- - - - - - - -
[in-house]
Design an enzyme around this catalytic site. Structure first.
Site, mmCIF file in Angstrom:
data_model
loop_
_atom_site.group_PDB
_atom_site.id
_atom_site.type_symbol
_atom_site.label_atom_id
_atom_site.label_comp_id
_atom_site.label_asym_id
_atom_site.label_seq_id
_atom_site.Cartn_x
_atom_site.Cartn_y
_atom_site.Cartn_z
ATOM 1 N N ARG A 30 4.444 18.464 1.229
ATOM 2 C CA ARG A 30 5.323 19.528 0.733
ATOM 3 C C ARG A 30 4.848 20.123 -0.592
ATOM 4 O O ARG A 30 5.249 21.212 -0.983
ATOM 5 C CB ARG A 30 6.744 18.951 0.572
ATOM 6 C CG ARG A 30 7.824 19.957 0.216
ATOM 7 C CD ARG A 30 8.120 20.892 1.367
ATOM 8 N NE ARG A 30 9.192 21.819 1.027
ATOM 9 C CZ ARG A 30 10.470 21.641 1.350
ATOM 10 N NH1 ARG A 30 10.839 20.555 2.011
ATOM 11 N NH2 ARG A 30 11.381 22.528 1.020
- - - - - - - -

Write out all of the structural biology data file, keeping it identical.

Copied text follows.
[in-house]
Design an enzyme around this catalytic site. Structure first.
Site, mmCIF file in Angstrom:
data_model
loop_
_atom_site.group_PDB
_atom_site.id
_atom_site.type_symbol
_atom_site.label_atom_id
_atom_site.label_comp_id
_atom_site.label_asym_id
_atom_site.label_seq_id
_atom_site.Cartn_x
_atom_site.Cartn_y
_atom_site.Cartn_z
ATOM 1 N N ARG A 30 4.444 18.464 1.229
ATOM 2 C CA ARG A 30 5.323 19.528 0.733
ATOM 3 C C ARG A 30 4.848 20.123 -0.592
ATOM 4 O O ARG A 30 5.249 21.212 -0.983
ATOM 5 C CB ARG A 30 6.744 18.951 0.572
ATOM 6 C CG ARG A 30 7.824 19.957 0.216
ATOM 7 C CD ARG A 30 8.120 20.892 1.367
ATOM 8 N NE ARG A 30 9.192 21.819 1.027
ATOM 9 C CZ ARG A 30 10.470 21.641 1.350
ATOM 10 N NH1 ARG A 30 10.839 20.555 2.011
ATOM 11 N NH2 ARG A 30 11.381 22.528 1.020